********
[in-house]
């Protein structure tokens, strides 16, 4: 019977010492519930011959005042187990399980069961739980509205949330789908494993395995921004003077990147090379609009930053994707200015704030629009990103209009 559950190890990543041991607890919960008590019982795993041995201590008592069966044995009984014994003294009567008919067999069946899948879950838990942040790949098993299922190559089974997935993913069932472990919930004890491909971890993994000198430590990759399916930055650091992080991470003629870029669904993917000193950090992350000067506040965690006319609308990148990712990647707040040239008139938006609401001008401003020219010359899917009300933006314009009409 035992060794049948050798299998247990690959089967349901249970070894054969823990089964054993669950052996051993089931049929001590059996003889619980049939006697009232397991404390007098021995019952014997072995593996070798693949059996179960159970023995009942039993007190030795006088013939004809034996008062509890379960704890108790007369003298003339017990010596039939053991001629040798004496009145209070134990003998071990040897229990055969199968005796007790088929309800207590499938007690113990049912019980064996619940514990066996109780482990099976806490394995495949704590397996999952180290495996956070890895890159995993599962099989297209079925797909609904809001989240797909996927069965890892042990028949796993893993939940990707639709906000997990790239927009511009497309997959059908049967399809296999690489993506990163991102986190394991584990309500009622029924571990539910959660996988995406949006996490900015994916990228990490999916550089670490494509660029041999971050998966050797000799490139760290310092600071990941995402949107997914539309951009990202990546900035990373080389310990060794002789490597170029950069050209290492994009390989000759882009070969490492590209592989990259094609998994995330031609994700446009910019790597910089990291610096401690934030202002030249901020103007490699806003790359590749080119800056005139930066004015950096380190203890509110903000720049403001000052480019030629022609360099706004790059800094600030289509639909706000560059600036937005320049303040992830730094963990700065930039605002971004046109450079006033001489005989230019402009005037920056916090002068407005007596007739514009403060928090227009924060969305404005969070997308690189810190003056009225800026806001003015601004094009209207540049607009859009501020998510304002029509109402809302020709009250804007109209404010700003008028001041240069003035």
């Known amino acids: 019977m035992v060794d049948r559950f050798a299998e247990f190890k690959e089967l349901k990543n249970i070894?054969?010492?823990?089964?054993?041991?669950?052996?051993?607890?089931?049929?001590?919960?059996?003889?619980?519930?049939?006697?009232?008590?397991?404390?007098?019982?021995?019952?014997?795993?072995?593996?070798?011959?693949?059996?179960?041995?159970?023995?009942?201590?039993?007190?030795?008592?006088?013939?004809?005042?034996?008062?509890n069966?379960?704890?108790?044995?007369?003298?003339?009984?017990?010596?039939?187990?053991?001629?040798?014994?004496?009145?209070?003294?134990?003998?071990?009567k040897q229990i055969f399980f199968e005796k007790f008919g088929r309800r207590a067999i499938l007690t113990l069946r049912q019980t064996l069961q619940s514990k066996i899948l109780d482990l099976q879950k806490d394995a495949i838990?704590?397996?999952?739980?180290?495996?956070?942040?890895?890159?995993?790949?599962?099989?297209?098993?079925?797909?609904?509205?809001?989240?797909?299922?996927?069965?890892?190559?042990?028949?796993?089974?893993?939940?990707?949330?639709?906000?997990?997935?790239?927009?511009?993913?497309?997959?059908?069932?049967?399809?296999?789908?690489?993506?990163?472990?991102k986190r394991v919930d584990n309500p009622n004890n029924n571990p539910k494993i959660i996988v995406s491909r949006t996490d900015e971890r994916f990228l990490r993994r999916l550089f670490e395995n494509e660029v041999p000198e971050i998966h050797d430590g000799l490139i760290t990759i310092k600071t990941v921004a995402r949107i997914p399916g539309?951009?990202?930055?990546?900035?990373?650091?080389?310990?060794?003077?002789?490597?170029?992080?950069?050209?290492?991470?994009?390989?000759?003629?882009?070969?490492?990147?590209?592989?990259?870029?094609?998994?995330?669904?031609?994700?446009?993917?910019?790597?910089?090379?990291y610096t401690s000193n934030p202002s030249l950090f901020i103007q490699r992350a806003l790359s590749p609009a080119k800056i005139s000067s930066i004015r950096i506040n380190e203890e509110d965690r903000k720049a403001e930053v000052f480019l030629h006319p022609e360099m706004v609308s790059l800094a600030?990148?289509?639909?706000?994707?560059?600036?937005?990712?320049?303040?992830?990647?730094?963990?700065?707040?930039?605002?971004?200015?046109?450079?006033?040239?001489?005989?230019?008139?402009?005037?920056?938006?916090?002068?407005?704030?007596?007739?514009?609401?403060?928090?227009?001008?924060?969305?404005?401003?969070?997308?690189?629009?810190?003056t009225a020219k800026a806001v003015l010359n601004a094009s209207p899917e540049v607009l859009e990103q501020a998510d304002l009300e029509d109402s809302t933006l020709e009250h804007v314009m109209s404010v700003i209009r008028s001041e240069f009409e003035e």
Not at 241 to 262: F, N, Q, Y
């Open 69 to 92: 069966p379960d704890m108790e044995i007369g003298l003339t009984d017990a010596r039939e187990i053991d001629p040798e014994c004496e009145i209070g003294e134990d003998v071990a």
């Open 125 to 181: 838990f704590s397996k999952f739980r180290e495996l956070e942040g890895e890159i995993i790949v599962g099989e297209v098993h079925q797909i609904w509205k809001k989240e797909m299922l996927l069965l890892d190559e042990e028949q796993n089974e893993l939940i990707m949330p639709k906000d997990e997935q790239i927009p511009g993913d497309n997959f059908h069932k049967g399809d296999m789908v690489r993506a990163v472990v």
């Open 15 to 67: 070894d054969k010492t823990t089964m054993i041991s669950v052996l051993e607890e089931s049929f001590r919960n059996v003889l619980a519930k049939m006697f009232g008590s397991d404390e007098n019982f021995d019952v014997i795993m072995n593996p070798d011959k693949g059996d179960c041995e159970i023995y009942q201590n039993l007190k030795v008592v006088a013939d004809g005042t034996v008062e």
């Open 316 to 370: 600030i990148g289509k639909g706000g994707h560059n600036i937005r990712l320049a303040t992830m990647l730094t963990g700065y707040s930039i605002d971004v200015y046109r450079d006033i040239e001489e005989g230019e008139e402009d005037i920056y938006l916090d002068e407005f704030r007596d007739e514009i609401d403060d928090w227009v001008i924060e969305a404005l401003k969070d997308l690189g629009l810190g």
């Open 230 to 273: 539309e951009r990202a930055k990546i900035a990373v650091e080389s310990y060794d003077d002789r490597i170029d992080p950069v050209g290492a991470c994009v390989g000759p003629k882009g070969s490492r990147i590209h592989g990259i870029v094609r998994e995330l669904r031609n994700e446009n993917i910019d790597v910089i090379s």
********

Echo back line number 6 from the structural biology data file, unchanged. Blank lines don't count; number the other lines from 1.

């Open 125 to 181: 838990f704590s397996k999952f739980r180290e495996l956070e942040g890895e890159i995993i790949v599962g099989e297209v098993h079925q797909i609904w509205k809001k989240e797909m299922l996927l069965l890892d190559e042990e028949q796993n089974e893993l939940i990707m949330p639709k906000d997990e997935q790239i927009p511009g993913d497309n997959f059908h069932k049967g399809d296999m789908v690489r993506a990163v472990v």